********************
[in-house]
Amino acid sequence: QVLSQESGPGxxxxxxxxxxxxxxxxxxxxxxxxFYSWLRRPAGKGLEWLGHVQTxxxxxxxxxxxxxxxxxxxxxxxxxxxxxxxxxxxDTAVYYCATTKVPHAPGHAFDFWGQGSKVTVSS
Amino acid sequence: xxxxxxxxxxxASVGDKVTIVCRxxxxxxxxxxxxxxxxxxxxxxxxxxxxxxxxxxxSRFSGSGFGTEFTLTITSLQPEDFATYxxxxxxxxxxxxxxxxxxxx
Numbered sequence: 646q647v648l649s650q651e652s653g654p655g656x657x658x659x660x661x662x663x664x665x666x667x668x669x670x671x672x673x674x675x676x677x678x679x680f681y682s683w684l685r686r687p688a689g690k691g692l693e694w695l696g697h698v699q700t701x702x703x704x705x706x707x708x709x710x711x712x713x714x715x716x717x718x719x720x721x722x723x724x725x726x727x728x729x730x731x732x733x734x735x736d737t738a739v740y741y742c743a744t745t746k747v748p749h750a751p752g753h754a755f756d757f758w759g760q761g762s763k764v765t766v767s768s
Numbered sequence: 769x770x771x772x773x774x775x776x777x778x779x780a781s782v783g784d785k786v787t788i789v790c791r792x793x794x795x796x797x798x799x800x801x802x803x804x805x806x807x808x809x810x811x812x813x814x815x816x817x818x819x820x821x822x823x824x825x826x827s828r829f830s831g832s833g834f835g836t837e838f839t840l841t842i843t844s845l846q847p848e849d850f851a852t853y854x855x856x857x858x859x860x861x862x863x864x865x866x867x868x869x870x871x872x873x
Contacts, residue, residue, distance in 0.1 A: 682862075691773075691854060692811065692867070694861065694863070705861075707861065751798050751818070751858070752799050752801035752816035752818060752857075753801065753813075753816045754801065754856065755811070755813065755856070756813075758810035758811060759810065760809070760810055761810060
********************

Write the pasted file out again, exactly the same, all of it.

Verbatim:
[in-house]
Amino acid sequence: QVLSQESGPGxxxxxxxxxxxxxxxxxxxxxxxxFYSWLRRPAGKGLEWLGHVQTxxxxxxxxxxxxxxxxxxxxxxxxxxxxxxxxxxxDTAVYYCATTKVPHAPGHAFDFWGQGSKVTVSS
Amino acid sequence: xxxxxxxxxxxASVGDKVTIVCRxxxxxxxxxxxxxxxxxxxxxxxxxxxxxxxxxxxSRFSGSGFGTEFTLTITSLQPEDFATYxxxxxxxxxxxxxxxxxxxx
Numbered sequence: 646q647v648l649s650q651e652s653g654p655g656x657x658x659x660x661x662x663x664x665x666x667x668x669x670x671x672x673x674x675x676x677x678x679x680f681y682s683w684l685r686r687p688a689g690k691g692l693e694w695l696g697h698v699q700t701x702x703x704x705x706x707x708x709x710x711x712x713x714x715x716x717x718x719x720x721x722x723x724x725x726x727x728x729x730x731x732x733x734x735x736d737t738a739v740y741y742c743a744t745t746k747v748p749h750a751p752g753h754a755f756d757f758w759g760q761g762s763k764v765t766v767s768s
Numbered sequence: 769x770x771x772x773x774x775x776x777x778x779x780a781s782v783g784d785k786v787t788i789v790c791r792x793x794x795x796x797x798x799x800x801x802x803x804x805x806x807x808x809x810x811x812x813x814x815x816x817x818x819x820x821x822x823x824x825x826x827s828r829f830s831g832s833g834f835g836t837e838f839t840l841t842i843t844s845l846q847p848e849d850f851a852t853y854x855x856x857x858x859x860x861x862x863x864x865x866x867x868x869x870x871x872x873x
Contacts, residue, residue, distance in 0.1 A: 682862075691773075691854060692811065692867070694861065694863070705861075707861065751798050751818070751858070752799050752801035752816035752818060752857075753801065753813075753816045754801065754856065755811070755813065755856070756813075758810035758811060759810065760809070760810055761810060